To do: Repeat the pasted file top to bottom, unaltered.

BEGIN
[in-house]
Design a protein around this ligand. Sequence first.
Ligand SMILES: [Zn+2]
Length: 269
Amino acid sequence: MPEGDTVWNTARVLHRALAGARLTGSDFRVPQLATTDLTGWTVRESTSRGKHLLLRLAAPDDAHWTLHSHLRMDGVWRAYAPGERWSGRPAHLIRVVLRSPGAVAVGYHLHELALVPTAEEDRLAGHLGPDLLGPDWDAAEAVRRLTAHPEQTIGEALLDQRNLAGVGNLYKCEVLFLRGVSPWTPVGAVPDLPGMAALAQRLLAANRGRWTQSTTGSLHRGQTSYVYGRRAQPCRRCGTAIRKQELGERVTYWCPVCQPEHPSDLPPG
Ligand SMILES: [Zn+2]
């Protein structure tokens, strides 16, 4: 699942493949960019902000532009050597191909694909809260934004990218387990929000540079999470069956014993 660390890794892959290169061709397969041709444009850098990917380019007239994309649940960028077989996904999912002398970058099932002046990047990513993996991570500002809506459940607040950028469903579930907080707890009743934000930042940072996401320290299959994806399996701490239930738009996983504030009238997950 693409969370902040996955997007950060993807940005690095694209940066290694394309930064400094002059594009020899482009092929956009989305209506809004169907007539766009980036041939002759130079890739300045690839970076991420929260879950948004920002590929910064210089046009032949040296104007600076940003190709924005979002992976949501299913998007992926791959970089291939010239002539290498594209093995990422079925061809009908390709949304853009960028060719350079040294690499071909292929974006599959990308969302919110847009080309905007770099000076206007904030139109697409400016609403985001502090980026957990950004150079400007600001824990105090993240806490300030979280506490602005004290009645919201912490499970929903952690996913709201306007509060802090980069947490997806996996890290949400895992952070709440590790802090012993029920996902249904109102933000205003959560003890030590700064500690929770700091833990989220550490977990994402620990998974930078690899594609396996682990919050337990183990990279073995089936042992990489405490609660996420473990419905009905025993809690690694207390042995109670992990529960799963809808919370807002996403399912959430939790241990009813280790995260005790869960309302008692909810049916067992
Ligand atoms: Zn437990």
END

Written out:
[in-house]
Design a protein around this ligand. Sequence first.
Ligand SMILES: [Zn+2]
Length: 269
Amino acid sequence: MPEGDTVWNTARVLHRALAGARLTGSDFRVPQLATTDLTGWTVRESTSRGKHLLLRLAAPDDAHWTLHSHLRMDGVWRAYAPGERWSGRPAHLIRVVLRSPGAVAVGYHLHELALVPTAEEDRLAGHLGPDLLGPDWDAAEAVRRLTAHPEQTIGEALLDQRNLAGVGNLYKCEVLFLRGVSPWTPVGAVPDLPGMAALAQRLLAANRGRWTQSTTGSLHRGQTSYVYGRRAQPCRRCGTAIRKQELGERVTYWCPVCQPEHPSDLPPG
Ligand SMILES: [Zn+2]
């Protein structure tokens, strides 16, 4: 699942493949960019902000532009050597191909694909809260934004990218387990929000540079999470069956014993 660390890794892959290169061709397969041709444009850098990917380019007239994309649940960028077989996904999912002398970058099932002046990047990513993996991570500002809506459940607040950028469903579930907080707890009743934000930042940072996401320290299959994806399996701490239930738009996983504030009238997950 693409969370902040996955997007950060993807940005690095694209940066290694394309930064400094002059594009020899482009092929956009989305209506809004169907007539766009980036041939002759130079890739300045690839970076991420929260879950948004920002590929910064210089046009032949040296104007600076940003190709924005979002992976949501299913998007992926791959970089291939010239002539290498594209093995990422079925061809009908390709949304853009960028060719350079040294690499071909292929974006599959990308969302919110847009080309905007770099000076206007904030139109697409400016609403985001502090980026957990950004150079400007600001824990105090993240806490300030979280506490602005004290009645919201912490499970929903952690996913709201306007509060802090980069947490997806996996890290949400895992952070709440590790802090012993029920996902249904109102933000205003959560003890030590700064500690929770700091833990989220550490977990994402620990998974930078690899594609396996682990919050337990183990990279073995089936042992990489405490609660996420473990419905009905025993809690690694207390042995109670992990529960799963809808919370807002996403399912959430939790241990009813280790995260005790869960309302008692909810049916067992
Ligand atoms: Zn437990």